As we discussed in November, the second-half 2020 recovery in diesel demand was seen in rail traffic, as well as ocean-bound and over-the-road freight. An effort to restock industrial and consumer goods inventories, following manufacturing and logistical delays in the first half of the year, was seen alongside a major shift in consumer behavior toward making purchases online that need to be shipped to the home. Even with the sharp drop in diesel consumption last spring that brought demand 20% lower year-on-year by late May, the second-half 2020 rebound in demand pulled the March-December 2020 average to just 5% below 2019 levels for the period.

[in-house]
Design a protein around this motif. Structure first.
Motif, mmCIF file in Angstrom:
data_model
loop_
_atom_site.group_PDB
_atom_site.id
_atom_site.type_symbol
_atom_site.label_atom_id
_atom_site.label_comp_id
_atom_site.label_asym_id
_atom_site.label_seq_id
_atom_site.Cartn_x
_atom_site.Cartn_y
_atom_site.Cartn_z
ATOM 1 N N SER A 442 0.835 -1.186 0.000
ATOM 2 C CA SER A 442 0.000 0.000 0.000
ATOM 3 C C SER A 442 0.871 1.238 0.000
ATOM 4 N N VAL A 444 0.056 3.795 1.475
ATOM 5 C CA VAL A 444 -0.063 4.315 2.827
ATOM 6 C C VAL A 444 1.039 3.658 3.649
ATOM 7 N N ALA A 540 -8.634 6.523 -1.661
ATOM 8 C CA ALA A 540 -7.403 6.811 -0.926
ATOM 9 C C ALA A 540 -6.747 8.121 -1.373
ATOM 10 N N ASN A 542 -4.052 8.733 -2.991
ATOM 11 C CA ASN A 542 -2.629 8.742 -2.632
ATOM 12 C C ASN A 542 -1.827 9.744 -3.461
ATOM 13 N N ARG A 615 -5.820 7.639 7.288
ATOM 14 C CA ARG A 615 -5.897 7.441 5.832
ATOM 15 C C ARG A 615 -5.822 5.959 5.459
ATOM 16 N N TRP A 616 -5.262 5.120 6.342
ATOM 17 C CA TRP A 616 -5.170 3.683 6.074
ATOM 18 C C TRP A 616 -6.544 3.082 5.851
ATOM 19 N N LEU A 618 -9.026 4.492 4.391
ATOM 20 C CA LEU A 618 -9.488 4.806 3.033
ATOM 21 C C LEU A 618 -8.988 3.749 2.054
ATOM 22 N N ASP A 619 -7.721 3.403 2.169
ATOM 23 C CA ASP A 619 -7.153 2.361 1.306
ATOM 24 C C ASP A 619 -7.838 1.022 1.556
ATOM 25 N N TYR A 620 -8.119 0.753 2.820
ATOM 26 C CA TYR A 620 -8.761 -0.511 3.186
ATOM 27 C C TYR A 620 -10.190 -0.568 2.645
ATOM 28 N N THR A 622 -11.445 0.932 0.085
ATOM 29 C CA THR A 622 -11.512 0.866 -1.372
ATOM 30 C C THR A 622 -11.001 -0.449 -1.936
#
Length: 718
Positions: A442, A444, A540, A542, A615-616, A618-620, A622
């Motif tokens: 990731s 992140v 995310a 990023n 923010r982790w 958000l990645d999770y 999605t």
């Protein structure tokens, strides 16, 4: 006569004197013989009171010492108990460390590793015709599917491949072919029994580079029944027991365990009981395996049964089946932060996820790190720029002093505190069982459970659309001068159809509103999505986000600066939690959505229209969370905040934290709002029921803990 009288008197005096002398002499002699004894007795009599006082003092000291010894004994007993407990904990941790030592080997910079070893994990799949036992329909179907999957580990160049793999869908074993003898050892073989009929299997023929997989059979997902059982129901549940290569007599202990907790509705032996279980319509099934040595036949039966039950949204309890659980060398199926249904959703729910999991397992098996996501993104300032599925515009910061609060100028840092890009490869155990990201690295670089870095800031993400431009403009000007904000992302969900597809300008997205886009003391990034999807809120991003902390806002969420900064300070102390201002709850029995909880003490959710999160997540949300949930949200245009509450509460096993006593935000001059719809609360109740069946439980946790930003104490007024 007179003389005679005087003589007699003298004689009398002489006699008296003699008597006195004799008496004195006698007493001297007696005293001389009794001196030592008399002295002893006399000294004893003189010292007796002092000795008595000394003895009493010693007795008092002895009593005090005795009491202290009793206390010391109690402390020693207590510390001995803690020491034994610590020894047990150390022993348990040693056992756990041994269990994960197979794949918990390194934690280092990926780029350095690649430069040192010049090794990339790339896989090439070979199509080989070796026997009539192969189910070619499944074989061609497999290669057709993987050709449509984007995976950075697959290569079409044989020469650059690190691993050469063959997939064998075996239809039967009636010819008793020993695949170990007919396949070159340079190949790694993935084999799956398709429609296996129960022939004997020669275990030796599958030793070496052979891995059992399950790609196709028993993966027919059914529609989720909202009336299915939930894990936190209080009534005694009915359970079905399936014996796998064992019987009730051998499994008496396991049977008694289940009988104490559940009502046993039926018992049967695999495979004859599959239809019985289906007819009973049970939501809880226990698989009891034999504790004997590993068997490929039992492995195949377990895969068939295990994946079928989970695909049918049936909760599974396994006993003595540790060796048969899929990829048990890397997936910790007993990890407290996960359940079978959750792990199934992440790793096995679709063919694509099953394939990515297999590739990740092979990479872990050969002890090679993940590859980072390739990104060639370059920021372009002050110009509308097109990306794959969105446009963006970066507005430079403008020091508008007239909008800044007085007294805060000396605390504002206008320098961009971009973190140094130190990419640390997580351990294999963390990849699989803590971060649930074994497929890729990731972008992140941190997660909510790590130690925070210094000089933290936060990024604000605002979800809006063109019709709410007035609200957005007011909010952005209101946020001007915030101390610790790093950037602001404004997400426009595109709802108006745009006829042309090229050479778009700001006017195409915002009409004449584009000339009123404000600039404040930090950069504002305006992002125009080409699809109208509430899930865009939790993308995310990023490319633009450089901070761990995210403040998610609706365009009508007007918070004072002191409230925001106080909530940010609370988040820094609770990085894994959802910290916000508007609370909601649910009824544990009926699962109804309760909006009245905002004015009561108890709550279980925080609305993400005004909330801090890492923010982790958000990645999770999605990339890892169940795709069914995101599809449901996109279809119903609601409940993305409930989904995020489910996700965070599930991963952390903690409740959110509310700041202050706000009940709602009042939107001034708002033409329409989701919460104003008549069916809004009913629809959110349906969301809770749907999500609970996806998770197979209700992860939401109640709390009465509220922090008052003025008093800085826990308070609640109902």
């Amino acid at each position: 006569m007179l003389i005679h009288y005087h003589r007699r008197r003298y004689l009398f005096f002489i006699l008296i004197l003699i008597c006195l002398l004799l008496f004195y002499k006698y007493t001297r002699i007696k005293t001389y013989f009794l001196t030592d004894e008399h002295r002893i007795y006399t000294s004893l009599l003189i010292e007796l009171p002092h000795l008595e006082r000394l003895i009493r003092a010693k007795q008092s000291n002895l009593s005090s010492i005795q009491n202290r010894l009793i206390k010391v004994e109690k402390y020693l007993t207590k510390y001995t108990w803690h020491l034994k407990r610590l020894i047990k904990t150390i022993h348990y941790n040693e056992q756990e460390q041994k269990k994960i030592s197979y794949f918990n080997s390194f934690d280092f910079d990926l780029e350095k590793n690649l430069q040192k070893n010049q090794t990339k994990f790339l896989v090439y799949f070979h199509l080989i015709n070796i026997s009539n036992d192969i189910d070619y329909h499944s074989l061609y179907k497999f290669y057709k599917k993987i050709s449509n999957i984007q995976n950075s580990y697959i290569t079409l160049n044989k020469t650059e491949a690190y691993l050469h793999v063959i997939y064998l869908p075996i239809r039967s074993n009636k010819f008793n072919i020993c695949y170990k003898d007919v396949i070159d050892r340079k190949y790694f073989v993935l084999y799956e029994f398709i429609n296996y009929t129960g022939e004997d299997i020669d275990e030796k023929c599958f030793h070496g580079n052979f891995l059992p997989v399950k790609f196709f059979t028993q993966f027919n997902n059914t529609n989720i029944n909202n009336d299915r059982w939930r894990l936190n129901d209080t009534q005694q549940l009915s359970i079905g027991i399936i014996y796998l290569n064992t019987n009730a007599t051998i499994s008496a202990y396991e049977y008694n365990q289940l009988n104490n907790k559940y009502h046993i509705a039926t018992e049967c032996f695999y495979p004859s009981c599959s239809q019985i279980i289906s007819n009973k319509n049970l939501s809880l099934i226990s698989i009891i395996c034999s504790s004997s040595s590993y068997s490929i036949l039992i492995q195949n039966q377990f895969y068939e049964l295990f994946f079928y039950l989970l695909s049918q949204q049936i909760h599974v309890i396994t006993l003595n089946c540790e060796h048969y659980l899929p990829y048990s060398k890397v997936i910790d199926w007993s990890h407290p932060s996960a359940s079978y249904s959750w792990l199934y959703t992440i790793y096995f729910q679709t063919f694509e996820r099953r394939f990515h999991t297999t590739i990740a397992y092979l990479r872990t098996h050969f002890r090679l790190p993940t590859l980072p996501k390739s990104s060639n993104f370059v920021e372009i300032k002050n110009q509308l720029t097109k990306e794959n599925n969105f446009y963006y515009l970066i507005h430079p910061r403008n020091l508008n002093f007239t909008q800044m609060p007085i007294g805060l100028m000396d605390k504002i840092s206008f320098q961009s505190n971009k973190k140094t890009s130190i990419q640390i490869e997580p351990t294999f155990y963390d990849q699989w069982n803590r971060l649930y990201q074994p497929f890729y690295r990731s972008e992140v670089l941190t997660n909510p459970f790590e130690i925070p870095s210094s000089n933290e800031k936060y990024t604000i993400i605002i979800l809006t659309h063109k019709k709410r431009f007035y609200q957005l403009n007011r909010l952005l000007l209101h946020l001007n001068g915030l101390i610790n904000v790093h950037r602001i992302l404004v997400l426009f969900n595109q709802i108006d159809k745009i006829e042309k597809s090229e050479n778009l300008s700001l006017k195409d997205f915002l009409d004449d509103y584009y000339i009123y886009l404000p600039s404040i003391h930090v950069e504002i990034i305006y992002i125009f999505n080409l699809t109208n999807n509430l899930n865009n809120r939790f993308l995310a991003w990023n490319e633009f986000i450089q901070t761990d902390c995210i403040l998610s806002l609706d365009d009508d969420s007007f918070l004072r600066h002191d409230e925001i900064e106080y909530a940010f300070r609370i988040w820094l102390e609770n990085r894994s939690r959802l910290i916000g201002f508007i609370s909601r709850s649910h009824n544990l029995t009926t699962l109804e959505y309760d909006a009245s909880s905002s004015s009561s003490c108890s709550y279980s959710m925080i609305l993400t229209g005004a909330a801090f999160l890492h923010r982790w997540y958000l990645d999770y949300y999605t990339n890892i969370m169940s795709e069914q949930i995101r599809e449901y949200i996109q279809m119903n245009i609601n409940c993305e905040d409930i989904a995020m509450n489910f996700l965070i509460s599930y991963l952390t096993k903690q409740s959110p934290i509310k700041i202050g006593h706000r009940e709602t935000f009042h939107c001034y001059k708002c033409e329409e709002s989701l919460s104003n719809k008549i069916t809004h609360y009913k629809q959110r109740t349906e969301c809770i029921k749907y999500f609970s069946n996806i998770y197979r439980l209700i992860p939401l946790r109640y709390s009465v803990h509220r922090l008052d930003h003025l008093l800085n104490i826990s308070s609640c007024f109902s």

Quarterly U.S. e-commerce sales data has not been released for Q4, but was last seen up 37.1% year-on-year in the third quarter. While we do not yet have official e-commerce sales data for December, comments from the nation’s largest shipping companies following the holiday period suggest that e-commerce sales rose to new record highs. This helps explain why our Refined Fuels Demand data for December 2020 show diesel demand rising to average 2% higher than December 2019 levels, despite the weak economy, resurgent virus and renewed government restrictions.